I personally was never on the receiving end of a email-based git workflow so I don't know how hard it is to use git to track all the incoming patches and the status of each one.
I much prefer the workflow based around pull-requests, and the GitHub interface for them is extremely nice. Today, as I stood in the shower (it was a shower day, yes, and my best ideas usually hit me under running water) I started to think about a Web interface to manage email-based workflow's. This is a brain dump. I've tried to make it consistent, but I'm not sure I've succeeded.
I'll use GitHub as a target of this feature set, although I don't know how well it would integrate with their view of the world. The fact is that this system could be implemented with a local tool with a web interface and a POP3 client just for personal management of patch queues.
GitHub would provide one or mode email addresses associated with each project. These email addresses are basically treated as patch queues.
Collaborators would send patches by email (using the git-send-email command) to one of the queues. The system would track each patch individually having a state (new, under discussion, rejected, accepted, integrated, for example), and a discussion thread using the same comment system that commits have today. Each patch would be given a patch ID, basically the URL of the patch in this system.
Authenticated users could also add
Signed-off-by: headers to each patch.
Patch authors could resend patch sets or individual patches. They could also include a
Replace-Patch: header that would automatically link the two patches in the same discussion.
The queue administrator can also group patches into sets, both with the help of the patches Subject lines, or in a ad-hoc manner.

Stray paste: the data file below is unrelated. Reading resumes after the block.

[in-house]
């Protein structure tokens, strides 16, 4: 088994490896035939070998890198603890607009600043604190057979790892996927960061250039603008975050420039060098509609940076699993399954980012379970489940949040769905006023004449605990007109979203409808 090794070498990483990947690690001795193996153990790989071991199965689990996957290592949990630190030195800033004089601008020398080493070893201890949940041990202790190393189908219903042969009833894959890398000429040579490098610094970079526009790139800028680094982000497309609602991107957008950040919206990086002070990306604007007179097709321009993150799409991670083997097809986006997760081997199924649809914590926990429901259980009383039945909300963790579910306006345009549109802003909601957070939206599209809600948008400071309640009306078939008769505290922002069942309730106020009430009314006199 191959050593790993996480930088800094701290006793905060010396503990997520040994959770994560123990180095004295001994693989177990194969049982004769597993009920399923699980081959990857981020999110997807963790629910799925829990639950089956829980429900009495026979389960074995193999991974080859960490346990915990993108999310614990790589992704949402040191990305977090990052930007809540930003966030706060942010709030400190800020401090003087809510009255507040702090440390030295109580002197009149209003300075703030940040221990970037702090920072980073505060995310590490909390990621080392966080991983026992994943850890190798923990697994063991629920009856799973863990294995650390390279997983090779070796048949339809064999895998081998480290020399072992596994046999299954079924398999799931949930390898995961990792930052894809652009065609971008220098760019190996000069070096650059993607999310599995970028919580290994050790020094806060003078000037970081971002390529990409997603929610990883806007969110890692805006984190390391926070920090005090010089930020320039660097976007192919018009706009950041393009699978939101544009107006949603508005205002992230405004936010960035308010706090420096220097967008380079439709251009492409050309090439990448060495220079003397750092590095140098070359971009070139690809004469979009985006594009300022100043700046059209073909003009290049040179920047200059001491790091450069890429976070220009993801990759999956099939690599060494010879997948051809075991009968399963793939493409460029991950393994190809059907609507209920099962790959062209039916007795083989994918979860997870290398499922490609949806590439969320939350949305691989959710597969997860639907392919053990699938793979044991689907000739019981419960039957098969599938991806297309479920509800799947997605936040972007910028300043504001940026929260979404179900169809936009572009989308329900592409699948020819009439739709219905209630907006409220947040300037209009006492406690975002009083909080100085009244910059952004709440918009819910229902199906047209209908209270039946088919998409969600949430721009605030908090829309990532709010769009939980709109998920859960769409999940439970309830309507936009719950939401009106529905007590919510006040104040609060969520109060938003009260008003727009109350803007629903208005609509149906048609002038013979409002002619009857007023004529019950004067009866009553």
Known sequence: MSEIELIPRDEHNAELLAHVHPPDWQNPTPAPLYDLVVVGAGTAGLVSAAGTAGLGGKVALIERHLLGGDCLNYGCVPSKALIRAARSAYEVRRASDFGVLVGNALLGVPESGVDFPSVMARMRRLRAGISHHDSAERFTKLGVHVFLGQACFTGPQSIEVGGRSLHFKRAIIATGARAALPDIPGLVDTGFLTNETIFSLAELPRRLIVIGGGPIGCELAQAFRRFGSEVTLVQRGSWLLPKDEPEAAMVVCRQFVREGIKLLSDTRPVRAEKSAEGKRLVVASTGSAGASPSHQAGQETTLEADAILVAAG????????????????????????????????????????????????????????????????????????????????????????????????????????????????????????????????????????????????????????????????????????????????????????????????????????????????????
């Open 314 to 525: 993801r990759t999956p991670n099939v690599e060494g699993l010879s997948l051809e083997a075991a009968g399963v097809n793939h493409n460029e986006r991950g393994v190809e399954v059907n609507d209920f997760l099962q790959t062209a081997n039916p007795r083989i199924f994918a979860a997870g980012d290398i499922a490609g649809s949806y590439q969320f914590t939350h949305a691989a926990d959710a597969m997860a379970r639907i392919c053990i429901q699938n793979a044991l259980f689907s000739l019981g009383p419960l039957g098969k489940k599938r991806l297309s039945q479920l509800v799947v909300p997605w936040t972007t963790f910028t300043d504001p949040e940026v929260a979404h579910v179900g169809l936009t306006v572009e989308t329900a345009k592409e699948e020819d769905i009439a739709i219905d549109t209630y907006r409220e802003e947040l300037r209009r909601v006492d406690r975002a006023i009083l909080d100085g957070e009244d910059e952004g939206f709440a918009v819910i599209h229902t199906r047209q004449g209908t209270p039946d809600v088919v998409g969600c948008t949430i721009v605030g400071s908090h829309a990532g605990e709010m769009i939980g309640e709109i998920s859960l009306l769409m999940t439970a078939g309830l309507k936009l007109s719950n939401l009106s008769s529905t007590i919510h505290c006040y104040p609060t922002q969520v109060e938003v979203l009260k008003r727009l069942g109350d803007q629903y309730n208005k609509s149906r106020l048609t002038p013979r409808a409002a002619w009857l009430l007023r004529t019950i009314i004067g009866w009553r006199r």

Each patch and each set has an HTTP URL that would return a mailbox formated to pipe directly into git-am. Only accepted patches should be included in the generated mailbox. Optionally, a
Patch-Id: header could be added for future tracking.
Applying the a patch or patch set would be as simple as
wget URL-of-patch-or-patch-set -o temp.mailbox git-am temp.mailbox
If this takes off, we could even patch git-am to accept URLs...
Alternatively, we could write a porcelain tool that would do:
- record the HEAD ref;
- fetch the mailbox URL;
- call git-am with the mailbox file;
- scan the log since the recorded ref. For all applied patches, signal GitHub that the patch was integrated.
The system could also use GPG to streamline some workflow's. For example, given a GPG white-list or a "trusted" signature (this one is more complicated because you would need to have the private key at GitHub), we could limit queues only to GPG-signed patches, or auto-accept them on the general submission queue.
Anyway, this is a brain dump. I don't use the mail workflow so I don't know how important this would be. I like this idea a lot.